>> On 2/23/2017 12:03 PM, Jeff Layton wrote:
>> Signed-off-by: Jeff Layton <jlayton@redhat.com>
>> ---
>> include/linux/sunrpc/svc_xprt.h          | 1 +
>> net/sunrpc/svcsock.c                     | 1 +
>> net/sunrpc/xprtrdma/svc_rdma_transport.c | 2 ++
> 
> There's a possibly-important detail here. Not all RDMA transports have
> "IETF-approved congestion control", for example, RoCEv1. However, iWARP
> and (arguably) RoCEv2 do. On the other hand, as a nonroutable protocol,
> RoCEv1 may not fall under this restriction.

Probably a discussion that could be handled in rfc5667bis. But it's
not clear what IETF-approved congestion control is, precisely.

We'd have to say something about InfiniBand (a transport which
is not specified by the IETF) too.


> Net-net, inspecting only the RDMA attribute of the transport may be
> insufficient here.

The transport implementation would have to set it in the svc_xprt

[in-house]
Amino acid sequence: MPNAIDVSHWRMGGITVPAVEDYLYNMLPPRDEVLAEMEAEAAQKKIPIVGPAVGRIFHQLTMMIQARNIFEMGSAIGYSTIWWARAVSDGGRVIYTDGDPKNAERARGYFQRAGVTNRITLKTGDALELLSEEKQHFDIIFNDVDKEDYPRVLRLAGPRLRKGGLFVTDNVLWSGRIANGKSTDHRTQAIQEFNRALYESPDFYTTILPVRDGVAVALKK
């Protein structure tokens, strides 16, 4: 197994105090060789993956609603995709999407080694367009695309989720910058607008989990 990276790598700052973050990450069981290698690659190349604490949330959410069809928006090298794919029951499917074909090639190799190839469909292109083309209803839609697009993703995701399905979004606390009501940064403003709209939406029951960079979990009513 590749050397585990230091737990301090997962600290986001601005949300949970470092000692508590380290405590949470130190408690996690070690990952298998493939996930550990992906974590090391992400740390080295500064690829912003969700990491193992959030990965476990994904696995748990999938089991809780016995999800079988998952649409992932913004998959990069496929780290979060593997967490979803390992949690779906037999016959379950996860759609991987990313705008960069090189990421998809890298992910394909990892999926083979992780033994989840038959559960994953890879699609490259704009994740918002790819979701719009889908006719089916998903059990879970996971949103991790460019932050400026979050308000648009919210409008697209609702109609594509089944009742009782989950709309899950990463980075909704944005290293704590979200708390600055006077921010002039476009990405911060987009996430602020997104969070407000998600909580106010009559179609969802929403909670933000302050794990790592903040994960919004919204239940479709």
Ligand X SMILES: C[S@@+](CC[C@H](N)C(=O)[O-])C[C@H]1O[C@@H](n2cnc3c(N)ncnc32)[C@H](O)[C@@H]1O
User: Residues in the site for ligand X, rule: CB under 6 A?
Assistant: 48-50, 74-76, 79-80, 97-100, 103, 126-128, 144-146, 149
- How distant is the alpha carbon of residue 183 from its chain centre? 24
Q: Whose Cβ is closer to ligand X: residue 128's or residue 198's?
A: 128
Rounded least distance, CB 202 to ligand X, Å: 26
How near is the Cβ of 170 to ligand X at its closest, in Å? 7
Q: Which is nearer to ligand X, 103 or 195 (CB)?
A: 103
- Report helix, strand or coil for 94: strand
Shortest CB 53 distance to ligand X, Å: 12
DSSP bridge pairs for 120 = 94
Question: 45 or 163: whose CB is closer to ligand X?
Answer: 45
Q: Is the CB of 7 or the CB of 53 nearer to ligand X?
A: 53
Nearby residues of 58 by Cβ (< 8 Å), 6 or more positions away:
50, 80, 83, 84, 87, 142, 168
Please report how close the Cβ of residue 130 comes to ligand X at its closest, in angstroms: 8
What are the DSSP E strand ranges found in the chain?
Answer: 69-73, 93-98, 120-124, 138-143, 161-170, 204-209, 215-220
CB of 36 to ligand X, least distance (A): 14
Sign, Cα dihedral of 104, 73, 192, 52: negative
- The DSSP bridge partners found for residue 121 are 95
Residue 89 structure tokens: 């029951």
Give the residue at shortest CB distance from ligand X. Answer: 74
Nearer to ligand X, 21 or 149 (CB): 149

rather than having it be a constant field in the xprt class.


> It could be argued however that the xprtrdma layer, with its rpcrdma
> crediting, provides such congestion. But that needs to be made
> explicit, and perhaps, discussed in IETF. Initially, I think it would
> be important to flag this as a point for the future. For now, it may
> be best to flag RoCEv1 as not supporting congestion.
> 
> Tom.
> 
>> 3 files changed, 4 insertions(+)
>> 
>> diff --git a/include/linux/sunrpc/svc_xprt.h b/include/linux/sunrpc/svc_xprt.h
>> index 7440290f64ac..f8aa9452b63c 100644
>> --- a/include/linux/sunrpc/svc_xprt.h
>> +++ b/include/linux/sunrpc/svc_xprt.h
>> @@ -67,6 +67,7 @@ struct svc_xprt {
>> #define XPT_CACHE_AUTH    11        /* cache auth info */
>> #define XPT_LOCAL    12        /* connection from loopback interface */
>> #define XPT_KILL_TEMP   13        /* call xpo_kill_temp_xprt before closing */
>> +#define XPT_CONG_CTRL    14        /* IETF approved congestion control protocol */
>> 
>>    struct svc_serv        *xpt_server;    /* service for transport */
>>    atomic_t                xpt_reserved;    /* space on outq that is rsvd */
>> diff --git a/net/sunrpc/svcsock.c b/net/sunrpc/svcsock.c
>> index de066acdb34e..1956b8b96b2d 100644